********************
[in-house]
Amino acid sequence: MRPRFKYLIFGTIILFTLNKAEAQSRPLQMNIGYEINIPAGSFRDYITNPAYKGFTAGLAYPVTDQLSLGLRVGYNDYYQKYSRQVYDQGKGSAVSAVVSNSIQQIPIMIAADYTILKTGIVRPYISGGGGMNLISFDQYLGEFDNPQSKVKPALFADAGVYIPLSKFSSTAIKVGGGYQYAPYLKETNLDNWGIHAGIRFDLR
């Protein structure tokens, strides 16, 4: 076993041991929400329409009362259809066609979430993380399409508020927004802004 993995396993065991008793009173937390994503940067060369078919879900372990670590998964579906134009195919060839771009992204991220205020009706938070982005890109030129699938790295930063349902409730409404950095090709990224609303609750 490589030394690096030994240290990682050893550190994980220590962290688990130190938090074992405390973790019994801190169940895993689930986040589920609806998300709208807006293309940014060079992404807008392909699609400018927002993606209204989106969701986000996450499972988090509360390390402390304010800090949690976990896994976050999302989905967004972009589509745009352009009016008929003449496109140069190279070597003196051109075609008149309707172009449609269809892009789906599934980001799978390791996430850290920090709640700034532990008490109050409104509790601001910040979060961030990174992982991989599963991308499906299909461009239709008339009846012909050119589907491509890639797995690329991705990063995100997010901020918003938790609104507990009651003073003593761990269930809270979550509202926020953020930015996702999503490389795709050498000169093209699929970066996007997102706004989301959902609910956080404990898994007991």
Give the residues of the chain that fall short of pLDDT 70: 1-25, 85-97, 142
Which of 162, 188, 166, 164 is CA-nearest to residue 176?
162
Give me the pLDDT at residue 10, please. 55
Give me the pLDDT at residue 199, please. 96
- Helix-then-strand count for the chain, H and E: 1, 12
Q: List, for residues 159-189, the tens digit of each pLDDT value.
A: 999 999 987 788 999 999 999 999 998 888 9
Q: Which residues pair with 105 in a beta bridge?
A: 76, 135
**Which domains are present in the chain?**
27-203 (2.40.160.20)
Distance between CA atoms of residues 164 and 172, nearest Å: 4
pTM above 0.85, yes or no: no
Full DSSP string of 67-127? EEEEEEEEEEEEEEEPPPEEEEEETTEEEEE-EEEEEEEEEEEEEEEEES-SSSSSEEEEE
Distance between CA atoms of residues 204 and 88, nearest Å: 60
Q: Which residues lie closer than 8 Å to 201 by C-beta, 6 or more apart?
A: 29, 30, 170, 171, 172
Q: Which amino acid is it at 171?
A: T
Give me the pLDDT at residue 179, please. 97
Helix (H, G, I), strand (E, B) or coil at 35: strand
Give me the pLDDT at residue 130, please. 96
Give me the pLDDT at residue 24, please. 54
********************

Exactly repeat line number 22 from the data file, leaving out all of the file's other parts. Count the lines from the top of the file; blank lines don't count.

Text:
Q: Which amino acid is it at 171?